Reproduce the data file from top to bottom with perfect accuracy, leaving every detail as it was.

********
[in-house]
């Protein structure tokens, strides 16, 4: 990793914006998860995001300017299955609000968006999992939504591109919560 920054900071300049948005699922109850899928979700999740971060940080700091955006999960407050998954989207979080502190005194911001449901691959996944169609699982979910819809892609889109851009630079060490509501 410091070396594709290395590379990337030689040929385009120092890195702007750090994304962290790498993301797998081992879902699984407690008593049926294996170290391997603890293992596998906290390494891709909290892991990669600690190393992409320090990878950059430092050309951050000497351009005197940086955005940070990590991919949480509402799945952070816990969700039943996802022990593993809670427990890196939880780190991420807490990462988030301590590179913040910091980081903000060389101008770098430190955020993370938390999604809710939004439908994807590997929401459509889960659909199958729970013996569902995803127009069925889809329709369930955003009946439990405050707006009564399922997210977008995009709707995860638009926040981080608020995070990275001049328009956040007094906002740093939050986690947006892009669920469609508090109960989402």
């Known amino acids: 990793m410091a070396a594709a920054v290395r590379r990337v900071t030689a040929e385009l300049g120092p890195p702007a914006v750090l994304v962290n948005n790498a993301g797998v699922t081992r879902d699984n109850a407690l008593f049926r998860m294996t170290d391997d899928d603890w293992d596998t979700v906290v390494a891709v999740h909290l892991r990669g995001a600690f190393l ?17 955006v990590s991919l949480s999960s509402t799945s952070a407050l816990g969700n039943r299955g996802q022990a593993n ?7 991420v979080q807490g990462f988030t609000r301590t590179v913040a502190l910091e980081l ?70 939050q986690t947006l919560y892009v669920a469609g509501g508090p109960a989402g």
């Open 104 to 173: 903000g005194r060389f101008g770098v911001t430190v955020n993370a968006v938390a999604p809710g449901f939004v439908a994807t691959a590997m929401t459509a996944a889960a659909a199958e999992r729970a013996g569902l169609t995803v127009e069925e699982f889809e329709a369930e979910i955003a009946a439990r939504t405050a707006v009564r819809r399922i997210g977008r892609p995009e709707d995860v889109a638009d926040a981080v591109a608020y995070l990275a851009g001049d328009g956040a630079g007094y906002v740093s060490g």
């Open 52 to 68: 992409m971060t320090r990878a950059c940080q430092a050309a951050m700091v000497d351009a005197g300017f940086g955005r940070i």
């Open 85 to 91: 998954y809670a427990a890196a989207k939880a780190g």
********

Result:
[in-house]
């Protein structure tokens, strides 16, 4: 990793914006998860995001300017299955609000968006999992939504591109919560 920054900071300049948005699922109850899928979700999740971060940080700091955006999960407050998954989207979080502190005194911001449901691959996944169609699982979910819809892609889109851009630079060490509501 410091070396594709290395590379990337030689040929385009120092890195702007750090994304962290790498993301797998081992879902699984407690008593049926294996170290391997603890293992596998906290390494891709909290892991990669600690190393992409320090990878950059430092050309951050000497351009005197940086955005940070990590991919949480509402799945952070816990969700039943996802022990593993809670427990890196939880780190991420807490990462988030301590590179913040910091980081903000060389101008770098430190955020993370938390999604809710939004439908994807590997929401459509889960659909199958729970013996569902995803127009069925889809329709369930955003009946439990405050707006009564399922997210977008995009709707995860638009926040981080608020995070990275001049328009956040007094906002740093939050986690947006892009669920469609508090109960989402």
């Known amino acids: 990793m410091a070396a594709a920054v290395r590379r990337v900071t030689a040929e385009l300049g120092p890195p702007a914006v750090l994304v962290n948005n790498a993301g797998v699922t081992r879902d699984n109850a407690l008593f049926r998860m294996t170290d391997d899928d603890w293992d596998t979700v906290v390494a891709v999740h909290l892991r990669g995001a600690f190393l ?17 955006v990590s991919l949480s999960s509402t799945s952070a407050l816990g969700n039943r299955g996802q022990a593993n ?7 991420v979080q807490g990462f988030t609000r301590t590179v913040a502190l910091e980081l ?70 939050q986690t947006l919560y892009v669920a469609g509501g508090p109960a989402g």
């Open 104 to 173: 903000g005194r060389f101008g770098v911001t430190v955020n993370a968006v938390a999604p809710g449901f939004v439908a994807t691959a590997m929401t459509a996944a889960a659909a199958e999992r729970a013996g569902l169609t995803v127009e069925e699982f889809e329709a369930e979910i955003a009946a439990r939504t405050a707006v009564r819809r399922i997210g977008r892609p995009e709707d995860v889109a638009d926040a981080v591109a608020y995070l990275a851009g001049d328009g956040a630079g007094y906002v740093s060490g």
């Open 52 to 68: 992409m971060t320090r990878a950059c940080q430092a050309a951050m700091v000497d351009a005197g300017f940086g955005r940070i």
């Open 85 to 91: 998954y809670a427990a890196a989207k939880a780190g």